Day 3 of my guest blog series on WIRED Magazine’s Change Accelerators Blog sponsored by BMW.
Accelerated change necessitates faster failing, faster learning, faster regrouping.
We’re living in an environment of unprecedented transformation. The rate of technological change has accelerated the everyday flux of innovation, obsolescence, and re-innovation to a point where all the rules are changing. And tomorrow they will be changing still faster.
This can sound terrifying, I know. But in fact, there are some exhilarating and exciting implications. For example, who is better positioned for economic success right now, the United States or China? Be careful. It’s a trick question.
Oracle, IBM, Google, SAP, all big companies, all giants. (Fill in the blanks for your particular field. NBC-CBS-ABC. GM-Ford. EMI-SonyBMG-Universal-Warner.) We think they have an advantage over smaller companies, because they have market share, economies of scale, and momentum on their side.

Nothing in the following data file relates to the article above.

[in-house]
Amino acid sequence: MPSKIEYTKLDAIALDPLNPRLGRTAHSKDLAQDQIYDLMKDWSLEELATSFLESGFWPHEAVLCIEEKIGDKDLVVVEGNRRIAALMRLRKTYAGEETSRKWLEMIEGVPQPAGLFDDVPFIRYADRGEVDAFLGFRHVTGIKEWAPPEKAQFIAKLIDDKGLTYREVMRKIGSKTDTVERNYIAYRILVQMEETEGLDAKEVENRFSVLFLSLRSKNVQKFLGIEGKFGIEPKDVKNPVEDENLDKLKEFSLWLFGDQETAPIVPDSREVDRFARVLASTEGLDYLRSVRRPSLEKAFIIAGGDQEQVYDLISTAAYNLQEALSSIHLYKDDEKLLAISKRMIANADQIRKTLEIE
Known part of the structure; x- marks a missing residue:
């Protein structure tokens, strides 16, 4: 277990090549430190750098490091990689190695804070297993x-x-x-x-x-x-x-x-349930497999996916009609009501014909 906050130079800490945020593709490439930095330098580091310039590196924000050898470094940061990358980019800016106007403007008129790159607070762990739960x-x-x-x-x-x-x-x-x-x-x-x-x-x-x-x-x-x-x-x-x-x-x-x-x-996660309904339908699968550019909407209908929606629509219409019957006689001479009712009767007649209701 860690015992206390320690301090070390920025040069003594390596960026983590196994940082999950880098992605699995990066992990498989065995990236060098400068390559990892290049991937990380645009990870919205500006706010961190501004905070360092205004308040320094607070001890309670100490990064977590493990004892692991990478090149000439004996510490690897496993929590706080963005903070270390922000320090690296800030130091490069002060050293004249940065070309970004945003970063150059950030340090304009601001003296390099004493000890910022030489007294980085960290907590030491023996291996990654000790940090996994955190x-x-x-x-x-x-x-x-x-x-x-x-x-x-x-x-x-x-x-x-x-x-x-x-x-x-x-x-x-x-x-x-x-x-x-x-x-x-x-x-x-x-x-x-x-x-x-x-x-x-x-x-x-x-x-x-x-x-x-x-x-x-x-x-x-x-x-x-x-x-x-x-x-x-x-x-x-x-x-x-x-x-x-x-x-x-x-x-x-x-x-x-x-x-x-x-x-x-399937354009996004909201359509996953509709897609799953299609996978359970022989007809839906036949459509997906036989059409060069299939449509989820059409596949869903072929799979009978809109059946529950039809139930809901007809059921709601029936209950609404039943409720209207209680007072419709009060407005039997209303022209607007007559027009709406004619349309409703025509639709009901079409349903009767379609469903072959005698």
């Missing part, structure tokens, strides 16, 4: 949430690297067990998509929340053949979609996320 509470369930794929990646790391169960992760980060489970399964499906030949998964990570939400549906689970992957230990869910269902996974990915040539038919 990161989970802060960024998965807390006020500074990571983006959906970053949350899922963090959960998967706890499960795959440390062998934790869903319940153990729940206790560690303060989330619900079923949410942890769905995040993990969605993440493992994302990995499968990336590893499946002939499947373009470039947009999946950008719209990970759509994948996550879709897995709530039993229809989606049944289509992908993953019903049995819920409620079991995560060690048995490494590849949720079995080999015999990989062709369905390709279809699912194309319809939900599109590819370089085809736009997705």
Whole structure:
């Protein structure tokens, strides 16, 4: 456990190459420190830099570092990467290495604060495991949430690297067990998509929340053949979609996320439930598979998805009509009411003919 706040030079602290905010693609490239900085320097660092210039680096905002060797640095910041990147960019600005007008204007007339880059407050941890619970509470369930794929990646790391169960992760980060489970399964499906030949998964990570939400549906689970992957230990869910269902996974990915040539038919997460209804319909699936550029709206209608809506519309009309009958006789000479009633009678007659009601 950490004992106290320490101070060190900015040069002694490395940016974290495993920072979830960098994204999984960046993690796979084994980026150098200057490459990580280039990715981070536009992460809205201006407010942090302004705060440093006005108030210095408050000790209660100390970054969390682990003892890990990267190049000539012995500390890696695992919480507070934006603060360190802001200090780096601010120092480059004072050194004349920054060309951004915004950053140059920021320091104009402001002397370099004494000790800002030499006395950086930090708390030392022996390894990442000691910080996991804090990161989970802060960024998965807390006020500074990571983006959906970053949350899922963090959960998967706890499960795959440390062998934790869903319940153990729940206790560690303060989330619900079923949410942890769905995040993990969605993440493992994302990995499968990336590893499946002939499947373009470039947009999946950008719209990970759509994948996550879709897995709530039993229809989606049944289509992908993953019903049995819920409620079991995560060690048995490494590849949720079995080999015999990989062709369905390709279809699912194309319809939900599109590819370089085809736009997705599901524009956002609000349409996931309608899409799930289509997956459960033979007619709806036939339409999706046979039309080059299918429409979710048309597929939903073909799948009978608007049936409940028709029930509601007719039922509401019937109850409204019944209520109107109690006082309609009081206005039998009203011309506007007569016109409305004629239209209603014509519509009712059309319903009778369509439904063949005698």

Not true. Accelerate the rate of change, and pretty soon size no longer matters. What matters now is velocity.
It used to be, the big ate the small. Not anymore. Now the fast eat the slow.
Today new competitors can emerge rapidly, even from completely different parts of the globe. The barriers to entry are absurdly low, the ability to scale equally fast. Anyone, anytime, can quickly become more relevant than you.
And this has created a new relationship with failure.
Our instinct is to avoid failure, or try to. The specter of failure makes us risk-averse. But today, a wait-and-see, let’s-ride-it-out approach to strategy is suicide. Wait and see used to equal “playing it safe.” Today it’s the opposite. Motorola, Kodak, and Polaroid saw the advent of digital, treated it as a soft trend, and all played wait-and-see. The major record labels played wait-and-see with MP3 audio.